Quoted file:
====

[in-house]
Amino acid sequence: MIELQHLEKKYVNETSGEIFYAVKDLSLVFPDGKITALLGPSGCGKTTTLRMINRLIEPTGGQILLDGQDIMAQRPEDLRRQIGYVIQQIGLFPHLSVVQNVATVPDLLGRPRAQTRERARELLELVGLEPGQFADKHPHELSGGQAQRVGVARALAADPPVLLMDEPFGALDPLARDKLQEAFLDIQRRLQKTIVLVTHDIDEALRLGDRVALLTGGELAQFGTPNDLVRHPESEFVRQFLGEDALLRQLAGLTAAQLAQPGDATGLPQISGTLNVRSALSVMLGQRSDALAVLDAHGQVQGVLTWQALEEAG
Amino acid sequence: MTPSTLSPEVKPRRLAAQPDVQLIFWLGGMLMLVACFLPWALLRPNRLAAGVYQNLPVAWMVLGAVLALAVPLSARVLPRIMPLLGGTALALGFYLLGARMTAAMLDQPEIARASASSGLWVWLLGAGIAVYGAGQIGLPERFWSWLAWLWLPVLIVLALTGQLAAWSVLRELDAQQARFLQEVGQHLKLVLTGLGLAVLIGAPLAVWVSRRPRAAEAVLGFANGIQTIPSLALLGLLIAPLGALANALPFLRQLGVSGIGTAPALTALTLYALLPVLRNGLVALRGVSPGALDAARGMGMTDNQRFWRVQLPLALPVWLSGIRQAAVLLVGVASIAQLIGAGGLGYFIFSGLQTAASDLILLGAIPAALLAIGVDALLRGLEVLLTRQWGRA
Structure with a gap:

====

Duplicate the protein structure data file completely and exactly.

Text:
[in-house]
Amino acid sequence: MIELQHLEKKYVNETSGEIFYAVKDLSLVFPDGKITALLGPSGCGKTTTLRMINRLIEPTGGQILLDGQDIMAQRPEDLRRQIGYVIQQIGLFPHLSVVQNVATVPDLLGRPRAQTRERARELLELVGLEPGQFADKHPHELSGGQAQRVGVARALAADPPVLLMDEPFGALDPLARDKLQEAFLDIQRRLQKTIVLVTHDIDEALRLGDRVALLTGGELAQFGTPNDLVRHPESEFVRQFLGEDALLRQLAGLTAAQLAQPGDATGLPQISGTLNVRSALSVMLGQRSDALAVLDAHGQVQGVLTWQALEEAG
Amino acid sequence: MTPSTLSPEVKPRRLAAQPDVQLIFWLGGMLMLVACFLPWALLRPNRLAAGVYQNLPVAWMVLGAVLALAVPLSARVLPRIMPLLGGTALALGFYLLGARMTAAMLDQPEIARASASSGLWVWLLGAGIAVYGAGQIGLPERFWSWLAWLWLPVLIVLALTGQLAAWSVLRELDAQQARFLQEVGQHLKLVLTGLGLAVLIGAPLAVWVSRRPRAAEAVLGFANGIQTIPSLALLGLLIAPLGALANALPFLRQLGVSGIGTAPALTALTLYALLPVLRNGLVALRGVSPGALDAARGMGMTDNQRFWRVQLPLALPVWLSGIRQAAVLLVGVASIAQLIGAGGLGYFIFSGLQTAASDLILLGAIPAALLAIGVDALLRGLEVLLTRQWGRA
Structure with a gap: